Today in the Indian context, one of the biggest alternatives provided to secularism is going back to the pre-modern idea of tolerance said to be professed by the bygone era rulers before the colonial invasion when all religions have supposedly lived in harmony. But what the proponents of this theory forget is the arbitrary and undemocratic form of rule which existed then. That is if we try to keep aside the fact that every ruler tried to superimpose his own political superiority by either erasing every trace of the existing religion or subtly manipulating the minority. Exceptions are rare and debated to this day without a lucid conclusion. Any potential uprising was curbed using absolute force and the scarier fact is that the ruler couldn’t be held accountable in a way the ruling government today can be. Or maybe that is what the proponents want.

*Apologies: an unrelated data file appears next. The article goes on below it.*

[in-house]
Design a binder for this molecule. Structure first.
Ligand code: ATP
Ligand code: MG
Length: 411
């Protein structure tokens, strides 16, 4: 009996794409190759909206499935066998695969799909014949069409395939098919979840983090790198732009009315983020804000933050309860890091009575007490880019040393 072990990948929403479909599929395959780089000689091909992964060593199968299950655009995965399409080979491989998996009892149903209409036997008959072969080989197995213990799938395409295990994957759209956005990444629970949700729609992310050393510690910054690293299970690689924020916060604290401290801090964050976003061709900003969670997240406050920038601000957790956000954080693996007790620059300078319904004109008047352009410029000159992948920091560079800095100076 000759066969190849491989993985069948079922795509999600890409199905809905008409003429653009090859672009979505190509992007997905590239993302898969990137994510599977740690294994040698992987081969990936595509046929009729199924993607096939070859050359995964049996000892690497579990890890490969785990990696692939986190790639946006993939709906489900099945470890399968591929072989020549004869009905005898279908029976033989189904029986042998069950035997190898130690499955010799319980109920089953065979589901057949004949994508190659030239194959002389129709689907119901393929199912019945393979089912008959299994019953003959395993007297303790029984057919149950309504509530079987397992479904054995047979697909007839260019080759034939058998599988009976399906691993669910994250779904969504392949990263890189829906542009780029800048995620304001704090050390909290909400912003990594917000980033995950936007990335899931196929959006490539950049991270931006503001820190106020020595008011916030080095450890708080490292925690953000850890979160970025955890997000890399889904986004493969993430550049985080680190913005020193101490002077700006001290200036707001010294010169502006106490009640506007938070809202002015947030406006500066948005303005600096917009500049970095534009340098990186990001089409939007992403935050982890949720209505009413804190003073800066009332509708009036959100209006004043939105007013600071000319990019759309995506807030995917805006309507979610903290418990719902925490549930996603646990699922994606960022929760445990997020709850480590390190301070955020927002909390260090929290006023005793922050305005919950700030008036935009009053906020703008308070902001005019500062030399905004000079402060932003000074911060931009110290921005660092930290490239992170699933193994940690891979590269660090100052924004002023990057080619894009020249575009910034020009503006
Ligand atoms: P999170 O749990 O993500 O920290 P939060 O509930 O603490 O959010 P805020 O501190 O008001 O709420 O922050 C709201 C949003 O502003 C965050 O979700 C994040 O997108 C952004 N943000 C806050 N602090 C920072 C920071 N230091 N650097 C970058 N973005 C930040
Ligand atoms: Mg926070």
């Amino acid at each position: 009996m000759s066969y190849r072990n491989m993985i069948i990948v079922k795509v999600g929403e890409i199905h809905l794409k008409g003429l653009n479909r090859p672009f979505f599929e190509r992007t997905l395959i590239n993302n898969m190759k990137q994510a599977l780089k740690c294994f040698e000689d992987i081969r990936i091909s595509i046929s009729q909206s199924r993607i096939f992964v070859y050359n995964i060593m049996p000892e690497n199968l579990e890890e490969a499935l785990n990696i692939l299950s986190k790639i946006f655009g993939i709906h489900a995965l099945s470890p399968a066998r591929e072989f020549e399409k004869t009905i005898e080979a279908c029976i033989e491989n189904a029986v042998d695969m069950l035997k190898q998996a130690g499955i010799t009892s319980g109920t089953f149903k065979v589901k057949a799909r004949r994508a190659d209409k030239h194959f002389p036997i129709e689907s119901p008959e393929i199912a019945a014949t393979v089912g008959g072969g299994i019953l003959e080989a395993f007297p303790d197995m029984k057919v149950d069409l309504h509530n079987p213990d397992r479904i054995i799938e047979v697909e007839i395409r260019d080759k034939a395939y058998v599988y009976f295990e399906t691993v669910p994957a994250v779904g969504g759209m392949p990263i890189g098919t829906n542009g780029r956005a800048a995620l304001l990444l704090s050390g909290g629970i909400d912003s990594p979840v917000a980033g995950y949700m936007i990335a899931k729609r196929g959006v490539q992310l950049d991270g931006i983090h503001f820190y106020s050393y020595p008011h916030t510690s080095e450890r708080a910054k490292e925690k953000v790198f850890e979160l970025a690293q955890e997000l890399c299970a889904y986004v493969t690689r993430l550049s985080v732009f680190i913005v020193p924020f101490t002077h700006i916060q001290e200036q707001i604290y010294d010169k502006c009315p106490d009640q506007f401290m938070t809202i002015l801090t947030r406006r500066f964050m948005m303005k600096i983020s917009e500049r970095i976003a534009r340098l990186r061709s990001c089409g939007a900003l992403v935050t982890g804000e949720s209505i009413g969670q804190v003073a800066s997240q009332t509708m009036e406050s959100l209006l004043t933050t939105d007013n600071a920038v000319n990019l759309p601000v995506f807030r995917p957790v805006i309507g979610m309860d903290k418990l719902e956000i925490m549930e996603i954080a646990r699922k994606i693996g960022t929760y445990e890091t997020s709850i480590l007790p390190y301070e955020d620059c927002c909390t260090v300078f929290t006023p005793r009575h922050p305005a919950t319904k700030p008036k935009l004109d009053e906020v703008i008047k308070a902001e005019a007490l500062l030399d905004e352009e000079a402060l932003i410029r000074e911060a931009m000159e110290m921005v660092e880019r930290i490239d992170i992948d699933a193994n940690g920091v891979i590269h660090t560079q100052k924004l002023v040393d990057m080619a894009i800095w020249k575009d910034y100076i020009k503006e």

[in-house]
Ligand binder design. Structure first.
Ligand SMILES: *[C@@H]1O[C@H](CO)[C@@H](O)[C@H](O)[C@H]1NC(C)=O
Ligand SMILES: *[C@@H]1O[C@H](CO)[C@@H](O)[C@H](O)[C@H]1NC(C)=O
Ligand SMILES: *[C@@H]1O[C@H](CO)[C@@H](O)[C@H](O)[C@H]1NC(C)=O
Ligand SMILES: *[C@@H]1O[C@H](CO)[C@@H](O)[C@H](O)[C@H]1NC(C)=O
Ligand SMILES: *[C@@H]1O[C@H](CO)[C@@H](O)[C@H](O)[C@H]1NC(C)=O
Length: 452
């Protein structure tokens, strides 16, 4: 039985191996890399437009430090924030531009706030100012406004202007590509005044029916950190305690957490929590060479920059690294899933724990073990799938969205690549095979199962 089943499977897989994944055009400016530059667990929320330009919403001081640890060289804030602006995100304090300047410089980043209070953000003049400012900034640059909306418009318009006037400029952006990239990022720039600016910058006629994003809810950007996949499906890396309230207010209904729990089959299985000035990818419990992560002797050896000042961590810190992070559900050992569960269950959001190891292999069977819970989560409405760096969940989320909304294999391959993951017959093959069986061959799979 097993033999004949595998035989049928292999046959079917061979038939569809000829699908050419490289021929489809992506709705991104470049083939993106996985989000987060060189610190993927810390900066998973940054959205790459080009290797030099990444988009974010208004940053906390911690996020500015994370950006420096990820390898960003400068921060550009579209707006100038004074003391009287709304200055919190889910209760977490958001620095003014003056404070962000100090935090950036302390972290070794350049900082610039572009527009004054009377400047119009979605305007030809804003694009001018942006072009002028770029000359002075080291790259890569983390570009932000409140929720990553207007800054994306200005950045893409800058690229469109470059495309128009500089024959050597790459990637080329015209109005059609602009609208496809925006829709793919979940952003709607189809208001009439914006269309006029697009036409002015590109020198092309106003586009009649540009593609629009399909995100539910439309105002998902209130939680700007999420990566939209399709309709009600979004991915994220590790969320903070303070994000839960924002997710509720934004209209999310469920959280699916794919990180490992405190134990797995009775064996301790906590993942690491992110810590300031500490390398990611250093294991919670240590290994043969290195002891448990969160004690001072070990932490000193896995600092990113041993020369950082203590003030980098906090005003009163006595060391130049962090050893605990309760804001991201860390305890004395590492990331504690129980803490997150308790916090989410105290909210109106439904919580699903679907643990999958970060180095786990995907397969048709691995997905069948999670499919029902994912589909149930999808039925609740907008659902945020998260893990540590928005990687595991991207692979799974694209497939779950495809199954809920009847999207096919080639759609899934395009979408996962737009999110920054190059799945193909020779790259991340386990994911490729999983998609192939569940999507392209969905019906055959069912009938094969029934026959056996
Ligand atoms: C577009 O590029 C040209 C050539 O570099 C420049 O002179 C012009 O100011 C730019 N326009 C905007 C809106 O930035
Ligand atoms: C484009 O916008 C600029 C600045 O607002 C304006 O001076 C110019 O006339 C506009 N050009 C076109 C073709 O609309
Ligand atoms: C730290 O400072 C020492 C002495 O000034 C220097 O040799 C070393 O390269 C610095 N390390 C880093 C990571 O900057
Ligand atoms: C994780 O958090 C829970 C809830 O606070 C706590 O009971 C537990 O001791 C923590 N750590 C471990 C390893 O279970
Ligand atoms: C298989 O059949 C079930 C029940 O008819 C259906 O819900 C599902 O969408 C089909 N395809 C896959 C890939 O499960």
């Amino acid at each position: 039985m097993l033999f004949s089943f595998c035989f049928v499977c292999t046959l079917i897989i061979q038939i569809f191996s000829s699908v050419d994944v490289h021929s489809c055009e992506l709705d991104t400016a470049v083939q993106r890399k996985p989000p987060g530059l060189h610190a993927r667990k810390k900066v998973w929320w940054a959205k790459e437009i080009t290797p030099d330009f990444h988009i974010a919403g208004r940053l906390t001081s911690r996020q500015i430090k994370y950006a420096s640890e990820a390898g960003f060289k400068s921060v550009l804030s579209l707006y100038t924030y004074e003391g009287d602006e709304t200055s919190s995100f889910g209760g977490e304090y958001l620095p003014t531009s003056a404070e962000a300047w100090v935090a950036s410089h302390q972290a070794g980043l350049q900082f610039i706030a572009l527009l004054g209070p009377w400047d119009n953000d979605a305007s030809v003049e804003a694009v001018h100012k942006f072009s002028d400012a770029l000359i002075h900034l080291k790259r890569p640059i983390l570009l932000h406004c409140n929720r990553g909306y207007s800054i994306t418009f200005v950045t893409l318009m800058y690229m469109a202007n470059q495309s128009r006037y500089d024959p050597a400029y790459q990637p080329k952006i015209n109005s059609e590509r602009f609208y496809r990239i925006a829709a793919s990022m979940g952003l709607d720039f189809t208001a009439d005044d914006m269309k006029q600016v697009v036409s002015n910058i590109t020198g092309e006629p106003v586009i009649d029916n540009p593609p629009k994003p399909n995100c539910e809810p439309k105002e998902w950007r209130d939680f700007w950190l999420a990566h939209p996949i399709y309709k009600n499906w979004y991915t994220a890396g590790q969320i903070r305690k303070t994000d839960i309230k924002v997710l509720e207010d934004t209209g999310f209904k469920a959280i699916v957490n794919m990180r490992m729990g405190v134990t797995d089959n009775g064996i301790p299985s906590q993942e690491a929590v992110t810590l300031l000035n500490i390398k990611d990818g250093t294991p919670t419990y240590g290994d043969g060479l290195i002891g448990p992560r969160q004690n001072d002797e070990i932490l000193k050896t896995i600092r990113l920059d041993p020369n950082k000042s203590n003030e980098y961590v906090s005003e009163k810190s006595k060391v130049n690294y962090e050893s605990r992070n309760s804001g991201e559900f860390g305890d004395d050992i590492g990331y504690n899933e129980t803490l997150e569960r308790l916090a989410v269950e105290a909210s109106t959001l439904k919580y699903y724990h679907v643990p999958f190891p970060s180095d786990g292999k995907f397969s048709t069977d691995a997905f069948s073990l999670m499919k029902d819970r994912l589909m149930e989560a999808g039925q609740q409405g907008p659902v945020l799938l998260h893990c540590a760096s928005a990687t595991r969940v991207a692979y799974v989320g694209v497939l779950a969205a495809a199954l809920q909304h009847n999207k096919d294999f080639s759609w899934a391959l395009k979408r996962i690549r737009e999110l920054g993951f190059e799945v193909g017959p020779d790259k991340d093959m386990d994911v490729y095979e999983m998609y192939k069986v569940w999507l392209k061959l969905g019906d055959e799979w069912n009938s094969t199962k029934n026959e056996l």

Another major counter-argument is that how can an “anti-religious” form of organization intervene in matters of religion and faith and that religious bodies should be given the sole right to do so. This is even more unreasonable, the complete autonomy and hence unchecked devolution of power to such bodies would result into extremist religious propaganda and might even result in fundamentalism. Moreover, the Indian constitution is anything but antireligious, made clear by the Articles 25 and 26. They grant a person, citizen and non-citizen, “the right to freely profess, practice and propagate his/her religion” and any religious section “the right to establish, manage and maintain institutions for religious and charitable purposes” respectively. So, to transform the current state of secularism in India into a more resistant and shock-proof variant is a reform from within. What I mean is, reformatory ideas and actions from within religious groups to strengthen secularism should be encouraged and at times insisted upon, as the successful examples of Ram Mohan Roy and Begum Rokeya suggest. This can be an effective tool to avoid the coercive forms of interventions the state invokes and the greatest advantage is that the community can mould the changes according to itself because practices like Sati never saw a comeback and were condemned by the succeeding generations as well. But how to bring about such changes and most importantly how to convince people steeped in extremist ideologies to embrace tolerance is a big conundrum.